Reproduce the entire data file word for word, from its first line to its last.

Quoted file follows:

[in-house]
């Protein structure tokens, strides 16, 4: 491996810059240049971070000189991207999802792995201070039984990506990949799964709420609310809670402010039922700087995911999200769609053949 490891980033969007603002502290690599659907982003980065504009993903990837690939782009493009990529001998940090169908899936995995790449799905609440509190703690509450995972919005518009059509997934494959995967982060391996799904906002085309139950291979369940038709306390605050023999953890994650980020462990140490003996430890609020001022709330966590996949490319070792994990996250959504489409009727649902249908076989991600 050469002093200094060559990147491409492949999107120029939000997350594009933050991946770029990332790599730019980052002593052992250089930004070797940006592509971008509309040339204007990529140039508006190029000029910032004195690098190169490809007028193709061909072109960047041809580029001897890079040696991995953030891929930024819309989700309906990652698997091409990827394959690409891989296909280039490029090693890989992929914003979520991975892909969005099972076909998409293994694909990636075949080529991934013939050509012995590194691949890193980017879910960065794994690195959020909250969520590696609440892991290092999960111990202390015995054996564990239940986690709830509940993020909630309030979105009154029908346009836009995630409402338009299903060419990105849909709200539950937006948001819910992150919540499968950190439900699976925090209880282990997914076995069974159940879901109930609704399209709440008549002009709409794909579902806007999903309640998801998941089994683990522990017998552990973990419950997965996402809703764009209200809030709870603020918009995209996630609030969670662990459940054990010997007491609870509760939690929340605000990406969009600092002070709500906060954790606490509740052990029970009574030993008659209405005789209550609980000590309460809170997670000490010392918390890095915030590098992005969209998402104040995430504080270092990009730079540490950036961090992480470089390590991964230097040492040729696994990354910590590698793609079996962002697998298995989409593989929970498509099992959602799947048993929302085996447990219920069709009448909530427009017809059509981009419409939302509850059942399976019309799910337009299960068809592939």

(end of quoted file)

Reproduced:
[in-house]
């Protein structure tokens, strides 16, 4: 491996810059240049971070000189991207999802792995201070039984990506990949799964709420609310809670402010039922700087995911999200769609053949 490891980033969007603002502290690599659907982003980065504009993903990837690939782009493009990529001998940090169908899936995995790449799905609440509190703690509450995972919005518009059509997934494959995967982060391996799904906002085309139950291979369940038709306390605050023999953890994650980020462990140490003996430890609020001022709330966590996949490319070792994990996250959504489409009727649902249908076989991600 050469002093200094060559990147491409492949999107120029939000997350594009933050991946770029990332790599730019980052002593052992250089930004070797940006592509971008509309040339204007990529140039508006190029000029910032004195690098190169490809007028193709061909072109960047041809580029001897890079040696991995953030891929930024819309989700309906990652698997091409990827394959690409891989296909280039490029090693890989992929914003979520991975892909969005099972076909998409293994694909990636075949080529991934013939050509012995590194691949890193980017879910960065794994690195959020909250969520590696609440892991290092999960111990202390015995054996564990239940986690709830509940993020909630309030979105009154029908346009836009995630409402338009299903060419990105849909709200539950937006948001819910992150919540499968950190439900699976925090209880282990997914076995069974159940879901109930609704399209709440008549002009709409794909579902806007999903309640998801998941089994683990522990017998552990973990419950997965996402809703764009209200809030709870603020918009995209996630609030969670662990459940054990010997007491609870509760939690929340605000990406969009600092002070709500906060954790606490509740052990029970009574030993008659209405005789209550609980000590309460809170997670000490010392918390890095915030590098992005969209998402104040995430504080270092990009730079540490950036961090992480470089390590991964230097040492040729696994990354910590590698793609079996962002697998298995989409593989929970498509099992959602799947048993929302085996447990219920069709009448909530427009017809059509981009419409939302509850059942399976019309799910337009299960068809592939």